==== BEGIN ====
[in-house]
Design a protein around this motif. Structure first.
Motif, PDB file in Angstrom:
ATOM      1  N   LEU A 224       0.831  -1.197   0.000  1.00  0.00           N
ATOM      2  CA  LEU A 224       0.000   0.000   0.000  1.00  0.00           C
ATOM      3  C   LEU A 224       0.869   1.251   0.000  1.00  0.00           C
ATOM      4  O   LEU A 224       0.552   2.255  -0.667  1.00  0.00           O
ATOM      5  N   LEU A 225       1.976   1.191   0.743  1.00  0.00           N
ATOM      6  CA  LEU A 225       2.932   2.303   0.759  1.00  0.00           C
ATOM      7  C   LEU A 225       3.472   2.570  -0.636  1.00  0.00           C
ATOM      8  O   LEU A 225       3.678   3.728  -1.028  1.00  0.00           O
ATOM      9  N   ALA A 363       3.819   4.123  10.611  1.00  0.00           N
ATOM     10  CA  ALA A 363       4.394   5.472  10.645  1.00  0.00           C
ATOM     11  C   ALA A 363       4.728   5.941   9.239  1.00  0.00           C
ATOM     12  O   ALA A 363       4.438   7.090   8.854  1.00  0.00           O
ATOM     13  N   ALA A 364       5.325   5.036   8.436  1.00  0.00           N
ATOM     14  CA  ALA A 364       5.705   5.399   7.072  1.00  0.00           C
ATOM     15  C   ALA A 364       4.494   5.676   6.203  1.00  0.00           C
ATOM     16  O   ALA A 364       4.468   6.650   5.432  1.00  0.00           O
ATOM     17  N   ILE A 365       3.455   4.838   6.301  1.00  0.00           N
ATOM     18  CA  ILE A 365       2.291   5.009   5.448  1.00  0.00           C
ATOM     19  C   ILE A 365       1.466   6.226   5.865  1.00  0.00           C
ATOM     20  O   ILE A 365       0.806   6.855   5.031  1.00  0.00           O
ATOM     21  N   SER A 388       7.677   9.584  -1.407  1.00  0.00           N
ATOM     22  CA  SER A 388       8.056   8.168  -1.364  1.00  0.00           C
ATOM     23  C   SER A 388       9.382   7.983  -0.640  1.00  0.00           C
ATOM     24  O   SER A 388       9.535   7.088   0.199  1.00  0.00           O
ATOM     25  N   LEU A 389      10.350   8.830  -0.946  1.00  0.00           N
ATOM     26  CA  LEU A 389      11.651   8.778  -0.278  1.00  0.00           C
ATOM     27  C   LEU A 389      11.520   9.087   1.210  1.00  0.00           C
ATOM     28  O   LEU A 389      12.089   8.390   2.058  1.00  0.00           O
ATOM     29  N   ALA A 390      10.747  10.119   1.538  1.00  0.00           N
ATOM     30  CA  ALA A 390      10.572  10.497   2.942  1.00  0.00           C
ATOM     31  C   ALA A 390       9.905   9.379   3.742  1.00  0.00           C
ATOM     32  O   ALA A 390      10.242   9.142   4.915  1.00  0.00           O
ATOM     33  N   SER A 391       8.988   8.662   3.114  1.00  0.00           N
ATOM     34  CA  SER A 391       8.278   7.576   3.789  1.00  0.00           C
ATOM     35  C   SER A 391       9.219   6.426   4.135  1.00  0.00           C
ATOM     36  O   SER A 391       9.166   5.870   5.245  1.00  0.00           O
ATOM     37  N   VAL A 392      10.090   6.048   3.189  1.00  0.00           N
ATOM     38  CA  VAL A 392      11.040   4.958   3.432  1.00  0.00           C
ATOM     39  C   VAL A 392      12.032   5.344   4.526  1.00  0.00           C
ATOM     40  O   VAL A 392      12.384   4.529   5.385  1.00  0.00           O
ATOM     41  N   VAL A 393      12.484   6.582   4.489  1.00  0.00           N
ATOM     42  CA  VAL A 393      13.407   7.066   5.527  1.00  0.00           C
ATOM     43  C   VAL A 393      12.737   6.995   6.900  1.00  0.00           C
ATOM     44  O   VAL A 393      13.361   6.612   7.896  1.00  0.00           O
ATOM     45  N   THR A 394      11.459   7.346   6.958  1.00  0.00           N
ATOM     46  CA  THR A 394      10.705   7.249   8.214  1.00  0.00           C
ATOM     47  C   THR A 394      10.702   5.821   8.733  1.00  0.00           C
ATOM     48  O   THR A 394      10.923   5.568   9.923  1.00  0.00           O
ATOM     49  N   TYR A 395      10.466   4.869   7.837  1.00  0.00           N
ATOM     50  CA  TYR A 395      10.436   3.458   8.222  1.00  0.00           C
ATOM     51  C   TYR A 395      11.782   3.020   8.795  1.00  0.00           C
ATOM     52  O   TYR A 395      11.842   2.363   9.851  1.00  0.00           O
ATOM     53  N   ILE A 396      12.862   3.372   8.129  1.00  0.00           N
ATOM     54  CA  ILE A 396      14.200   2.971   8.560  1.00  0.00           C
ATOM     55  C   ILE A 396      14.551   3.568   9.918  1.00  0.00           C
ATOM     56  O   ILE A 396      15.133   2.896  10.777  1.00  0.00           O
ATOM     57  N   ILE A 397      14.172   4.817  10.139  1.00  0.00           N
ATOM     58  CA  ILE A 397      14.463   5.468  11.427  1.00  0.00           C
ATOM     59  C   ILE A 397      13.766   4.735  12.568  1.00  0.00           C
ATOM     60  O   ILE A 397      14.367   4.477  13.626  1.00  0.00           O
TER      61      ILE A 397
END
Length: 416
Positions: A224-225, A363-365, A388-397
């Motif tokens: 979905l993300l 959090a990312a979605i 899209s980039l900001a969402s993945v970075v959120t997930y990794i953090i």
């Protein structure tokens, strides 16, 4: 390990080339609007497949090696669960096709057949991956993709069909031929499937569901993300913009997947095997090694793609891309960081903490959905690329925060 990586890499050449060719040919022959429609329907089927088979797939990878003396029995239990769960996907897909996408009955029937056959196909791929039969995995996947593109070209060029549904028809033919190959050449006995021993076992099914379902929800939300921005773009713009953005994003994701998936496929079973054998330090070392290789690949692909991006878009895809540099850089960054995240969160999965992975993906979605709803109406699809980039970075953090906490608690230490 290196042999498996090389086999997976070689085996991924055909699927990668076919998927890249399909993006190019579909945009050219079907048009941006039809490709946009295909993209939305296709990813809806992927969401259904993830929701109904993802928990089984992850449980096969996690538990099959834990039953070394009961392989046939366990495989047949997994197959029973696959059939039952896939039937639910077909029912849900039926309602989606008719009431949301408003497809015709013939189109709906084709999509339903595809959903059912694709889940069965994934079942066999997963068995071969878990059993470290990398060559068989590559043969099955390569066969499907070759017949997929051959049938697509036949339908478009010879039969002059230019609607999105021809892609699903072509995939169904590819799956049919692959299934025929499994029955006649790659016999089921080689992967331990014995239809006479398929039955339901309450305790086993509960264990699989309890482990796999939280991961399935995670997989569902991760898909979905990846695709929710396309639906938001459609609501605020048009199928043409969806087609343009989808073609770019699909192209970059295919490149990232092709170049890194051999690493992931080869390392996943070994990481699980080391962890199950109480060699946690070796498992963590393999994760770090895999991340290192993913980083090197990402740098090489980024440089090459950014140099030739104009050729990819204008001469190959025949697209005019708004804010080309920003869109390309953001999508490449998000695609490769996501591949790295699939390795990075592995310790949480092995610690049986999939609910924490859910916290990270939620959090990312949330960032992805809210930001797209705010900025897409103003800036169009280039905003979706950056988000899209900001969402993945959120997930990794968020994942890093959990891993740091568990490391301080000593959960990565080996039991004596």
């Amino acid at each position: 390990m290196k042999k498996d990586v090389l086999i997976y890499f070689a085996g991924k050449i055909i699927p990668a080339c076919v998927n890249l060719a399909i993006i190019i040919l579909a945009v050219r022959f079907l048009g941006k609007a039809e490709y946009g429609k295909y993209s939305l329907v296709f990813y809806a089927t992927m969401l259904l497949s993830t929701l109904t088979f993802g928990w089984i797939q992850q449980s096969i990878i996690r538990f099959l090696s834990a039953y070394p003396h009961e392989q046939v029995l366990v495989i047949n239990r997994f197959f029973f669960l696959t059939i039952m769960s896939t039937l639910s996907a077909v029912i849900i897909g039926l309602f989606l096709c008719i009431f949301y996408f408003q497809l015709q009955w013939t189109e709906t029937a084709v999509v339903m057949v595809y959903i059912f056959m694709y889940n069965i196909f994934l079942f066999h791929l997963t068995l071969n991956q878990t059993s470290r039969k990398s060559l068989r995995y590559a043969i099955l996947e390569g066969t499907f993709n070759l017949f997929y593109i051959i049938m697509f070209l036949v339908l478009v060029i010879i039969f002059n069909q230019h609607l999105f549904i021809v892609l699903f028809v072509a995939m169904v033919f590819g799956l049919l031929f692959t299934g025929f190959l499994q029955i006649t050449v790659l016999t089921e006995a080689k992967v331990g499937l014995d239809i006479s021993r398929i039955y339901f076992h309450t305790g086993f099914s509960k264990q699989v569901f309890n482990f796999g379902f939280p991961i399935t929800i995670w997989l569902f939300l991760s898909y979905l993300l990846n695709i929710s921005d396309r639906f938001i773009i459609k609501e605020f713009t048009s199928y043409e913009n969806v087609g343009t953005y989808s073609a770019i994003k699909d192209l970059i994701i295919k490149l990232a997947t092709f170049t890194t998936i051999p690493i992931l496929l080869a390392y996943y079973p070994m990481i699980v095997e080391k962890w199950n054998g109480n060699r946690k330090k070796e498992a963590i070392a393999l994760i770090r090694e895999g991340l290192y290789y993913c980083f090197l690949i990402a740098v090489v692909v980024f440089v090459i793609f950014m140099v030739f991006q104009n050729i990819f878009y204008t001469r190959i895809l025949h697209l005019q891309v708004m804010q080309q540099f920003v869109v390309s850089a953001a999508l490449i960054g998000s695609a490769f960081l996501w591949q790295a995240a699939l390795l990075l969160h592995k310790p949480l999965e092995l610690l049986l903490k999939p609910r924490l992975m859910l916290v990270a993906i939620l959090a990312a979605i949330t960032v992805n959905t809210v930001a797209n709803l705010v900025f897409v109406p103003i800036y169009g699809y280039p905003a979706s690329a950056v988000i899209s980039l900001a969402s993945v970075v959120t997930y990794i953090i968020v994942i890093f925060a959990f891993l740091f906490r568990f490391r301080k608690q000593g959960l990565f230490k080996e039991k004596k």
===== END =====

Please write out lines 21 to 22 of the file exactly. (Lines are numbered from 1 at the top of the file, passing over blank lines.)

ATOM     18  CA  ILE A 365       2.291   5.009   5.448  1.00  0.00           C
ATOM     19  C   ILE A 365       1.466   6.226   5.865  1.00  0.00           C